specially in Pakistan to be taken seriously. Don't kill an Azad when he is coming forward to hold a dialogue -- that does not do any good to India. Better use that gun and the killer to knock out Hafiz Saeed when he is extorting young Pakistanis to join the jihad in Kashmir on the streets of Lahore or Karachi. A decisive edge in India's nuclear or conventional war capability is no good in the war against terror because it cannot be used owing to global, specially US, intervention in retaliation to a terror strike. The BJP government made a fool of itself by mobilising the Indian army (Operation Parakram) on its western borders after the attack on the Indian parliament. Only to demobilised it under huge US pressure built up to avoid a conflict with potential for nuclear escalation. The Congress government has made a fool of itself by leading the nation to believe that the US is the best bet for bringing the perpetrators of the Bombay attack to book. This is like leaving your friend to keep your wife happy.

If Manmohan Singh and his security czar P Chidambaram look back at India's long history of covert operations and the success of Operation Blackjack, can they miss the obvious value of this low-cost offensive option? Conducted with total deniability and characteristic doublespeak, a successful covert operation can help India fight terror within the country and in the neighborhood much more effectively. After all, India's enemies like Saeed and Azhar dont live in Abbottabad mansions -- they address public rallies in Lahore and Karachi and that is when and where they are most vulnerable to a long sight telescopic rifle in the hands of a motivated Indian agent or a hired Western mercenary. And to achieve total deniability, Indian psyops machinery can credit the kill to the US and pander a persisting public stereotype.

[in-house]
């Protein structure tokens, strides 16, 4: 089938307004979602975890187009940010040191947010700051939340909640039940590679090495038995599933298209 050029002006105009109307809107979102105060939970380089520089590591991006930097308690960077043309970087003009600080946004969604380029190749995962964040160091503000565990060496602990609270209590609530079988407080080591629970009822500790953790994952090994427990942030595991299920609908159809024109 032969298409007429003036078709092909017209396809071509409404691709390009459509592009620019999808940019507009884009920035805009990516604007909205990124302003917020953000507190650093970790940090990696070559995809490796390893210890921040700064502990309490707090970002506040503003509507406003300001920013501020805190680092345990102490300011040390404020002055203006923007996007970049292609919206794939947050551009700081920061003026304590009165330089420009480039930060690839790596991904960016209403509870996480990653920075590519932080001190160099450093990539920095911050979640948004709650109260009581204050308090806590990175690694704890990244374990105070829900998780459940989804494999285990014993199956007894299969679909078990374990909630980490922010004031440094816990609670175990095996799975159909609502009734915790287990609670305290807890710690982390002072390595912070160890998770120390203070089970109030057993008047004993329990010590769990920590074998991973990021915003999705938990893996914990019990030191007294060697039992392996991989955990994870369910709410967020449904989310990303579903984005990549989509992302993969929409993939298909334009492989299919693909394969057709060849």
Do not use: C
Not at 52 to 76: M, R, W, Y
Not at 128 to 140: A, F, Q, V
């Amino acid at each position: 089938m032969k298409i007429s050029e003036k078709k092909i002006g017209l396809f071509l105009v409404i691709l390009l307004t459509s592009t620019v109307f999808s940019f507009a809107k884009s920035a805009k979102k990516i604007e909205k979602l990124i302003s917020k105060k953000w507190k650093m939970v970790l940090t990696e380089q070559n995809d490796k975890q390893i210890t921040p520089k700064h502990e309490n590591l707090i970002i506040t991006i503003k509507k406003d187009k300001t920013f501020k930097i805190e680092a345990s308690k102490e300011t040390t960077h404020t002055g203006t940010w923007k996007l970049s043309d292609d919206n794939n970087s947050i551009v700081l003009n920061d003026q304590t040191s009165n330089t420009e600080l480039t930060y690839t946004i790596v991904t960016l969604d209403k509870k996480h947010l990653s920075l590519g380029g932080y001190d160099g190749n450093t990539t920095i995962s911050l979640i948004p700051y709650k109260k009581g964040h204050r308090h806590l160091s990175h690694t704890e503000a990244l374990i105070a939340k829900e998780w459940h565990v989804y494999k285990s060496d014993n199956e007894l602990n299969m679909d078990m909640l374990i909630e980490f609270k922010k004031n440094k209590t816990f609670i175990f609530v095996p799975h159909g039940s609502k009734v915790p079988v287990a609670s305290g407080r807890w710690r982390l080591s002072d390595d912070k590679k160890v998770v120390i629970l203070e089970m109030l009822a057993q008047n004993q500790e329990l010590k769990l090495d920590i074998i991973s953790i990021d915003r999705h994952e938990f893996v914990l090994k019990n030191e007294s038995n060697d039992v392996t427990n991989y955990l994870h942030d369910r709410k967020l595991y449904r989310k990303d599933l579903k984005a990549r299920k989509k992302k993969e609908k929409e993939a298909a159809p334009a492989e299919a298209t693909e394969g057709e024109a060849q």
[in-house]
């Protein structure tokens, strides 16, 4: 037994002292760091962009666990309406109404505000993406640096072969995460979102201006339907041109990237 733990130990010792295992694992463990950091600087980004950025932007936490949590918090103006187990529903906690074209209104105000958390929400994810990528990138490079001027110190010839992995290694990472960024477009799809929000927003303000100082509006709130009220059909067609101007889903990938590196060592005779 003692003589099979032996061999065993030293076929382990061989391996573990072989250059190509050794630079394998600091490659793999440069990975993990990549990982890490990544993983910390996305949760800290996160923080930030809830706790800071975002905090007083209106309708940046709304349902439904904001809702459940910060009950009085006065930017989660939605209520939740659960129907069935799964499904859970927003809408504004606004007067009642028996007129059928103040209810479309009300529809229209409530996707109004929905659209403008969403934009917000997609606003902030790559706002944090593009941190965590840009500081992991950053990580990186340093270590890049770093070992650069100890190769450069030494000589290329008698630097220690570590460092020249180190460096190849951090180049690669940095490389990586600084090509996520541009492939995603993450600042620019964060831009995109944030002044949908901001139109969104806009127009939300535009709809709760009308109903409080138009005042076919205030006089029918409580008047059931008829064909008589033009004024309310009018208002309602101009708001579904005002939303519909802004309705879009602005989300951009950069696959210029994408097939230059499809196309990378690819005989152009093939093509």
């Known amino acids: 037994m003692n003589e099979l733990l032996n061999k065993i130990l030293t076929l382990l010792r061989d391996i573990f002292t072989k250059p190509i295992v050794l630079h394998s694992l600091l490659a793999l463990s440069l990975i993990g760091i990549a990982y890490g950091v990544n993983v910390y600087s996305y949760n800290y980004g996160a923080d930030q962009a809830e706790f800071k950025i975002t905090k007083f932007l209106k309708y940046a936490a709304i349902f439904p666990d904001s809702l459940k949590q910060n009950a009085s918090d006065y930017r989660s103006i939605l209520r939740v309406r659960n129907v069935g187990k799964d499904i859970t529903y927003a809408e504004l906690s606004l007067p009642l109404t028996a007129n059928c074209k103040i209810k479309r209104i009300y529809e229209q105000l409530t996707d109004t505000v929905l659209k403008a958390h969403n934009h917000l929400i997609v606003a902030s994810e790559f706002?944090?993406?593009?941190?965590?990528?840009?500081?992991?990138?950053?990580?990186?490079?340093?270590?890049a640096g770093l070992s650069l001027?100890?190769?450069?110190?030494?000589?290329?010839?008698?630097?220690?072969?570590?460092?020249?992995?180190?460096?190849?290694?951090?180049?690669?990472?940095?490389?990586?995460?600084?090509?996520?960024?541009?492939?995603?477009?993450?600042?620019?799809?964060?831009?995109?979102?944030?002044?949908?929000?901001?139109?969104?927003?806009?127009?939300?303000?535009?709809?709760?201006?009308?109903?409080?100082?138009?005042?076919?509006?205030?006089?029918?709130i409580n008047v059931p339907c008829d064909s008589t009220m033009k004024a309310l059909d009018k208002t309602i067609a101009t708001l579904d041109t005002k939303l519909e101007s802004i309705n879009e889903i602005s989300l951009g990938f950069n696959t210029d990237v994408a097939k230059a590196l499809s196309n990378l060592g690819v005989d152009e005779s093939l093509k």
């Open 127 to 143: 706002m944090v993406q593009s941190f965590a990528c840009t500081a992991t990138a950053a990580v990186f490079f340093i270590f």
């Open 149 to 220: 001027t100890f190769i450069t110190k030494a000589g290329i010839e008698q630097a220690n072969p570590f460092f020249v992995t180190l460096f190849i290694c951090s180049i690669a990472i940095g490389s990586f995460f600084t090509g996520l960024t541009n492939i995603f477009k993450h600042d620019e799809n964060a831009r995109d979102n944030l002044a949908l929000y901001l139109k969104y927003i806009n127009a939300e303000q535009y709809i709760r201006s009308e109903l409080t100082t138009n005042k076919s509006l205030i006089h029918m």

Indian agencies have claimed they have adequate covert operations capability in the neighbourhood but have not been able to exercise it due to lack of political will at the top. In a democracy, fear of failure haunts political governments. But US presidents from Clinton to Bush to Obama have demonstrated they have the spunk to take the hard option despite a series of failures and faux pas. India's discredited politicians have a lesson to learn from Blackjack. The successful strike on Laden has -- and will -- doubtlessly revived Obama's dropping popularity ratings and may actually help the cause of his re-election. If Manmohan Singh can authorise a succesful covert strike against Hafeez Saeed and if that works, he may find a way out of the drubbing his image -- and that of his party -- has taken. A gullible nation may then forgive him for the season of scams and rejoice in the undoing of successive national humiliations.


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More about Subir Bhaumik

Subir Bhaumik is a former BBC correspondent and author of 'Insurgent Crossfire' and 'Troubled Periphery' . He is a former Queen Elizabeth House Fellow at Oxford University and an Eurasian Fellow at Frankfurt University.